TIRYNS of Greece was occupied by a people whose antecedents are not known. The structures built by them stand as a testimony of their presence. These structures have been dated at 1400 BC to 1200 BC – at a time when Tirayan Pandyans were dislocated from their habitat in the Indian Ocean due to sea waves and submerges. There is a popular adage in Tamil on their seafaring nature in search of wealth (Thirai kadalOdiyum Dravyam thEdu / திரை கடலோடியும் திரவியம் தேடு. Meaning:- "Search for wealth even if it means going across the oceans") The crossing of the thirai (ocean) gave the name Tirayan.  They had been very much familiar with many sea routes and this makes it possible to think that a section of the Tirayans had landed in Greece in search of new habitat after the submergence around 1500 BC. The place where they came to settle down was identified with their name as Tiryns. 


As a foremost proof of Tirayans having settled down in Tiryns, I would point out some of the Tamil words connected with sea farers found in Greek root words. Any seafarer would be using the anchor. The Tamil name for anchor is "nangkooram" (நங்கூரம்). The Greek root word sounds similar to this. ἄγκυραankura, ἀγκυρ –ankur – This became 'anchor' in English

 (source :- http://en.wikipedia.org/wiki/List_of_Greek_words_with_English_derivatives )

From Tamil Nangkooram > ankura > ankur > anchor.


The PELASGIANS, similar population of the ancient Greece who inhabited regions like Crete (near Tiryns) before Greek civilization started have been identified by Greek writers as sea farers. They spoke a different language which was regarded as "barbaric". This very name Pelasgians was formed by the Greek words meaning sea-men.  "The ancient Greek word for "sea", pelagos, comes from the same root, *plāk-, as the Doric word plagos, "side" (which is flat), appearing in *pelag-skoi. Ernest Klein therefore simply interprets the same reconstructed form as "the sea men", where the sea is the flat." (5) One among the 37 synonyms of Tamil word for sea is 'Paravai' (6). "paara" and "paaram" are other words meaning sea. The Greek word Pelagos seem to be a derivation or adaptation from Parava, the sea men. There are Sangam verses on Paravas whose descendants continue to live today and are identified as fishermen community in the east coast of Tamilnadu.


The Tirayan title was held by kings of Pandyan lineage. So it makes sense to expect the Tamil word for king in this early settlement of Tiryns. Such a word does exist in Greek as "Arkhon" (ἄρχων) and "archont" (ἀρχοντ) It means ruler. From this English words Archon and Monarch have come up. Look at the Tamil equivalent. It is 'arasan'. From Tamil Arasan > archont> archon > Monarch  had come.


Another name for king in Greek was 'basileus' (βασιλεύς) and 'basil' (βασιλ). It means king. From this "Basilica" had come. This is a public building or a place connected with King's activities. In Tamil "Paasarai" means a place where the army is stationed. The king stays with his army in the "Paasarai" . The Sangam age poem of Nedunal vaadai is about the happenings when the king was in the Paasarai. There are many similar scenes in Sangam texts. The Greek Basil sounds similar to 'paasarai' which is identified with king. The pa- ba interchange had happened. From Tamil Paasarai > baasarai > basil> basileus.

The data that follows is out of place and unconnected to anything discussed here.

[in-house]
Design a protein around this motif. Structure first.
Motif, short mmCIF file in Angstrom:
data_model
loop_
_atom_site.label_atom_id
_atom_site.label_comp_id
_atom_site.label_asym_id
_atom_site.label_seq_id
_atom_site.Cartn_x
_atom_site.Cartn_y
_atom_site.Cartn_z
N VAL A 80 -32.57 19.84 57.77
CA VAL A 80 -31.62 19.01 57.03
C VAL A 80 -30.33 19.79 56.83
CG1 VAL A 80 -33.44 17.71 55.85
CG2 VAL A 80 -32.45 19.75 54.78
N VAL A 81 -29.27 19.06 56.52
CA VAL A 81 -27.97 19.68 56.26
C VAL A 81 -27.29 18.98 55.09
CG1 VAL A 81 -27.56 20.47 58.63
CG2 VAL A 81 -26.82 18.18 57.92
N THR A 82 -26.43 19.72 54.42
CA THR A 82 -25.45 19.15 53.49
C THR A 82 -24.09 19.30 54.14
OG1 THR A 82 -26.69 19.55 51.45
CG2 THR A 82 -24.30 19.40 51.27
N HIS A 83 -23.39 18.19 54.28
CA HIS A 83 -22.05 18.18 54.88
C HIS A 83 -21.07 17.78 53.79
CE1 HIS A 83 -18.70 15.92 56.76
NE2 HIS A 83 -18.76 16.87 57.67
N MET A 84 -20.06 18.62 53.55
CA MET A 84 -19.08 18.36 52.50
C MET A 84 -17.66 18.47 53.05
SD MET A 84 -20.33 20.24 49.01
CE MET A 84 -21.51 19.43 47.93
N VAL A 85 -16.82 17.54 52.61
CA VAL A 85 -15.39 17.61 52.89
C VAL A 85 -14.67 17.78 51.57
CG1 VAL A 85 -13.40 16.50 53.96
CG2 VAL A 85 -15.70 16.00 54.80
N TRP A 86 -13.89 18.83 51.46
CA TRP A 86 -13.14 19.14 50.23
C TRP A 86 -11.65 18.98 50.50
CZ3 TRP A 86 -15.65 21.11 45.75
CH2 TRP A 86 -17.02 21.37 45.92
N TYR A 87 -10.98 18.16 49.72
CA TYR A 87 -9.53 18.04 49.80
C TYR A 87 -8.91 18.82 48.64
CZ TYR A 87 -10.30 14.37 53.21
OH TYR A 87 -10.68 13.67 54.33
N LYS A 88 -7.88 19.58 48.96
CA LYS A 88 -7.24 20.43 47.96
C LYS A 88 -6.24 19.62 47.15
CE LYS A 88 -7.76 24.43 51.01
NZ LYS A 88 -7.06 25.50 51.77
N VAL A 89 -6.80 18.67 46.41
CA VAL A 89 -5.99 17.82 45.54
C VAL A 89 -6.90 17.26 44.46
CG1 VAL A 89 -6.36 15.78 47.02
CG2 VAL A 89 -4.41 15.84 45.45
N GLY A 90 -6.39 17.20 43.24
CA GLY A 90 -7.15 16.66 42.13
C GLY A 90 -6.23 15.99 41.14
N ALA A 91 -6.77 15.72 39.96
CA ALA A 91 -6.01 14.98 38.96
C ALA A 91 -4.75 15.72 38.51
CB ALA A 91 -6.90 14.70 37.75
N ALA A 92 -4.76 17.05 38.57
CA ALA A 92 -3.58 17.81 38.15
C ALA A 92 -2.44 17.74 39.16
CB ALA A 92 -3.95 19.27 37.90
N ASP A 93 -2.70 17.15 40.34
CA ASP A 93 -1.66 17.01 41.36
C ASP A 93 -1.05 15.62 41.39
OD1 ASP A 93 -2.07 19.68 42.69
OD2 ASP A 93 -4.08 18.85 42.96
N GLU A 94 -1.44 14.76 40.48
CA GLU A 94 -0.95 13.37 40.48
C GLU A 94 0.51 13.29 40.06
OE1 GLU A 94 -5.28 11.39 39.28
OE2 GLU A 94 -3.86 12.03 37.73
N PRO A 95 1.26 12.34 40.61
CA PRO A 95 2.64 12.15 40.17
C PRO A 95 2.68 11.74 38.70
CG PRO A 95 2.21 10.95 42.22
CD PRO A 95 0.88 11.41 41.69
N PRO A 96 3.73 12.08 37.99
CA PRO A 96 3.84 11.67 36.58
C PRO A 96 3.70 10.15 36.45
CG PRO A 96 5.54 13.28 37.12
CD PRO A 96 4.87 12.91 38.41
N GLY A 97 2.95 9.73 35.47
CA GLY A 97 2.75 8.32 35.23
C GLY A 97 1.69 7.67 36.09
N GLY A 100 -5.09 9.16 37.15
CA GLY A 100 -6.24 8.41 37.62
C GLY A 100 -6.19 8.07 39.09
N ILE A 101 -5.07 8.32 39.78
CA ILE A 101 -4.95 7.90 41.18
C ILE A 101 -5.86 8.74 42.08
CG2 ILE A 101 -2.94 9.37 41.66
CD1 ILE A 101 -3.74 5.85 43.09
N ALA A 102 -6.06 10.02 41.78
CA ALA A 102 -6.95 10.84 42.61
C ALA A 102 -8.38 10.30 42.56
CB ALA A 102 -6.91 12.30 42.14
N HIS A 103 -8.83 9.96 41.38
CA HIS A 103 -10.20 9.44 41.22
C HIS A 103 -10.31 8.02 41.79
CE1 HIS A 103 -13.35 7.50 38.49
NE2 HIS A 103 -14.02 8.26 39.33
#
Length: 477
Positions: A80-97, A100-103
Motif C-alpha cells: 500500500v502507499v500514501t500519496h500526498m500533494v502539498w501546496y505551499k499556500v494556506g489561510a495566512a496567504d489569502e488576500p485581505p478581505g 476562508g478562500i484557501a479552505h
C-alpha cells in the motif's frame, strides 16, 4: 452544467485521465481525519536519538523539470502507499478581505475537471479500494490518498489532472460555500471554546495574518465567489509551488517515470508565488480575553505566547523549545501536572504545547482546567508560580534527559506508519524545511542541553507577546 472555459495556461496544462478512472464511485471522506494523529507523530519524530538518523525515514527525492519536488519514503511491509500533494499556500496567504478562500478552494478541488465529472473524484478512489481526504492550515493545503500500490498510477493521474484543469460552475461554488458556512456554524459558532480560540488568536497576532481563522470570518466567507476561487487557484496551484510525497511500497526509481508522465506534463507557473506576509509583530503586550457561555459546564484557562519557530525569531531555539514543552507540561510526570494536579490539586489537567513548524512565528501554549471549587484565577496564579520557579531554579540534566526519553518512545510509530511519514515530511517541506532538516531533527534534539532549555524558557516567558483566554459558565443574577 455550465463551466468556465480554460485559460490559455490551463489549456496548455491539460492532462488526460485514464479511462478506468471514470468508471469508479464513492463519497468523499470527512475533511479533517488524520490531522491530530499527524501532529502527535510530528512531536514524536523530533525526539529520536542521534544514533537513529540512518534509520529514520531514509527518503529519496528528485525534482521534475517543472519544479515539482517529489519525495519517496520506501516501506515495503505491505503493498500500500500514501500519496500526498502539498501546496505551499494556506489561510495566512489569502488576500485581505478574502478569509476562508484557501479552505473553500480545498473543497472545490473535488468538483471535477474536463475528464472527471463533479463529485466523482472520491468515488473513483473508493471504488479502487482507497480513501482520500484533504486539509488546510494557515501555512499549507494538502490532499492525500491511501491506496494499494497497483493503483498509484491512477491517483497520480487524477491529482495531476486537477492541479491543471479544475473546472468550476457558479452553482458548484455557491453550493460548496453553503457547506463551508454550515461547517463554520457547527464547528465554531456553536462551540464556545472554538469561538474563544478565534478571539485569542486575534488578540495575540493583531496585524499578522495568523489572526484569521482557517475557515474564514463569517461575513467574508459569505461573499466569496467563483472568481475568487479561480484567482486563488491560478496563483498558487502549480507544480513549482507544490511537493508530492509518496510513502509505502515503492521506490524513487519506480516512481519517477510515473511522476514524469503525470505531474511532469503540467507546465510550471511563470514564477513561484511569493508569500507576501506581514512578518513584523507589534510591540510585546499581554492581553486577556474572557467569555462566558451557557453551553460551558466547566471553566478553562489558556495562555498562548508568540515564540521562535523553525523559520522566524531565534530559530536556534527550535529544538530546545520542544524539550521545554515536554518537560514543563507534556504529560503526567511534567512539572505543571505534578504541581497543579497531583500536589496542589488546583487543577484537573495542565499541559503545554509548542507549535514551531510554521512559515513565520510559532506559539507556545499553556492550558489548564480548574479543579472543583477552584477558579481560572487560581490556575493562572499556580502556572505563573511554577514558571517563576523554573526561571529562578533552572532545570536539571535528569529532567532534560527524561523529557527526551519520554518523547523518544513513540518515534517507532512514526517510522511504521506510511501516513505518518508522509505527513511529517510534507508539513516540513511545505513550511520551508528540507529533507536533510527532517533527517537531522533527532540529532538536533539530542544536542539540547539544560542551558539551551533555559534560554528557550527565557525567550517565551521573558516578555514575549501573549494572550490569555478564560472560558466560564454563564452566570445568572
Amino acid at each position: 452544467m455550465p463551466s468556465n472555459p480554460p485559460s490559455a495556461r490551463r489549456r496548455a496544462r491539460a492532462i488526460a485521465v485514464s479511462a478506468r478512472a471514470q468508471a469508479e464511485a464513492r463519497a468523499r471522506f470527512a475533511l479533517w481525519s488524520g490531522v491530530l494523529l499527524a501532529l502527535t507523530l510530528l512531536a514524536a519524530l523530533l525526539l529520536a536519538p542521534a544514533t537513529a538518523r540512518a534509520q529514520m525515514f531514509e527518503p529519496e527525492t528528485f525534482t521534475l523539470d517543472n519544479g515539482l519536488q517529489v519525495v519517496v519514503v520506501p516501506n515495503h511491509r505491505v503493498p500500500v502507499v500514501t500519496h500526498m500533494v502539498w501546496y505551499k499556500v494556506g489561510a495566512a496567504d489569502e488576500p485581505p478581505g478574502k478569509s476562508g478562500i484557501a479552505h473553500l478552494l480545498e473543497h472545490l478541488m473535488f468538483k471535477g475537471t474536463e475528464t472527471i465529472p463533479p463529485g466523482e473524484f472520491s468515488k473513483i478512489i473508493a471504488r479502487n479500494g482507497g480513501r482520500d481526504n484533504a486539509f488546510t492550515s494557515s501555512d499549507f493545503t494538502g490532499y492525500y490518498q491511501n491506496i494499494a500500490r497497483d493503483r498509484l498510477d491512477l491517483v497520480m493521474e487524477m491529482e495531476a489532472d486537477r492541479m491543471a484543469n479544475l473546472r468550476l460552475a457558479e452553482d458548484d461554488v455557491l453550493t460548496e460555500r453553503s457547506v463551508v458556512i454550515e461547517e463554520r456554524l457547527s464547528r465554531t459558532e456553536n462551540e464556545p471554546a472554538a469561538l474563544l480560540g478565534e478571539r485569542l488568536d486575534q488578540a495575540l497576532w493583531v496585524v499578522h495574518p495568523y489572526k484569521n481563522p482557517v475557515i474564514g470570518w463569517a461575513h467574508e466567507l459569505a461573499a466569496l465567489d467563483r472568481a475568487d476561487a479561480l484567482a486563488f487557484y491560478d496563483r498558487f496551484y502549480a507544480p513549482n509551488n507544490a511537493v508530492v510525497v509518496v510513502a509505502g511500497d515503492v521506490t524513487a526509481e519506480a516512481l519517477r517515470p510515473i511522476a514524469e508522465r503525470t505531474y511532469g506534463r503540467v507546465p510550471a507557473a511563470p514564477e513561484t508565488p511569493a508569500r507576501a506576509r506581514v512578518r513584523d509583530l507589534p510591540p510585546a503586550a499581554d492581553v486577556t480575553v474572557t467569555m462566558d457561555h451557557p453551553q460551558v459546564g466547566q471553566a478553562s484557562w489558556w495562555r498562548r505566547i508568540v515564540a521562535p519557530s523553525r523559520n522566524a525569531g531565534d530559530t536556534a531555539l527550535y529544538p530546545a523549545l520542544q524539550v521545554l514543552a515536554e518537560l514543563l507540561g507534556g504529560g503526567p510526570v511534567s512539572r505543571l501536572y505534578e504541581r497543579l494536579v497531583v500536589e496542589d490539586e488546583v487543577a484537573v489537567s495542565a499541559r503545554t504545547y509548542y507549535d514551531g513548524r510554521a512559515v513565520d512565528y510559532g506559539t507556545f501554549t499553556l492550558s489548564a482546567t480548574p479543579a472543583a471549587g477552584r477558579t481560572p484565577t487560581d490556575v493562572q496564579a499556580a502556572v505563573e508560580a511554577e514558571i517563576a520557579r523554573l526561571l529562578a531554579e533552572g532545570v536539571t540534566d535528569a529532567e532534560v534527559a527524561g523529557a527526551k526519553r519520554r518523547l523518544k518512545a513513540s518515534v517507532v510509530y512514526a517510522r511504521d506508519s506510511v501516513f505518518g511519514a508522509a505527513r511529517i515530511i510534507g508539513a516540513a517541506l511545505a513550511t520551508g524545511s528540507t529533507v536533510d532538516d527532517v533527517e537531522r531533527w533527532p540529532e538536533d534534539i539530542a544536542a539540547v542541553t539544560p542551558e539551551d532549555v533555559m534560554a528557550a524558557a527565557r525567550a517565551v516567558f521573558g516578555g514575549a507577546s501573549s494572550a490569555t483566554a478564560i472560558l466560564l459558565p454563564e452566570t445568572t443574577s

The Tirayans, if they were the settlers of Tiryns, could not have had their way without some might. The Greek term for war sounds similar to the Tamil term for war. It is "polemos" (πόλεμος) or "polem" (πολεμ) to mean 'war' in Greek language. From this the English word Polemics had come. The Tamil word for war is "por". From Tamil por > polem> polemos > polemics.


A group of Tirayans settling down in a new place invariably means the family also coming with them. The Greek word for child seems to have been adapted from Tamil. It is "pais" (παῖς) or "paid" (παιδ) in Greek to mean boy or child. From this the English Paediatrics had come. The Tamil equivalent for boy is "Paiyan"! From Tamil Paiyan > Paid > Pais > Paediatrician has come.


Wherever people settle down, water is necessary. The Greek word for river sounds similar toTamil word. It is "Potamos" (ποταμός) or "potam" (ποταμ-) in Greek. From this words like Mesapatomia and Hippopotamus have come. The Tamil equivalent is Poikai, pOkku and Puthukku in old Tamil. From Tamil Pokku or Puthukku > Potam > Potamos > Hippopotamus.


Another important word connected with Tiryns is rock! The 13th century BC fort of Tiryns is found built on a hill. It was surrounded by Mighty wall of rocks! So there must exist the Tamil word for rocks in Greek terminology. It does and it is "Petra" (πέτρα) or "petr" (πετρ). Similar sounding Tamil word is "Paarai" which refers to rocks and boulders. From Tamil Paarai > Petr > Petra . From this petroleum, petrology etc have come up.


The rocks and boulders have played an important role in Tiryns because the walls of this Tiryns fort are made up of huge rocks which cannot be lifted by ordinary human beings. Characterised as CYCLOPEAN MASONRY, old Greek records say that giants of super human strength had built these walls.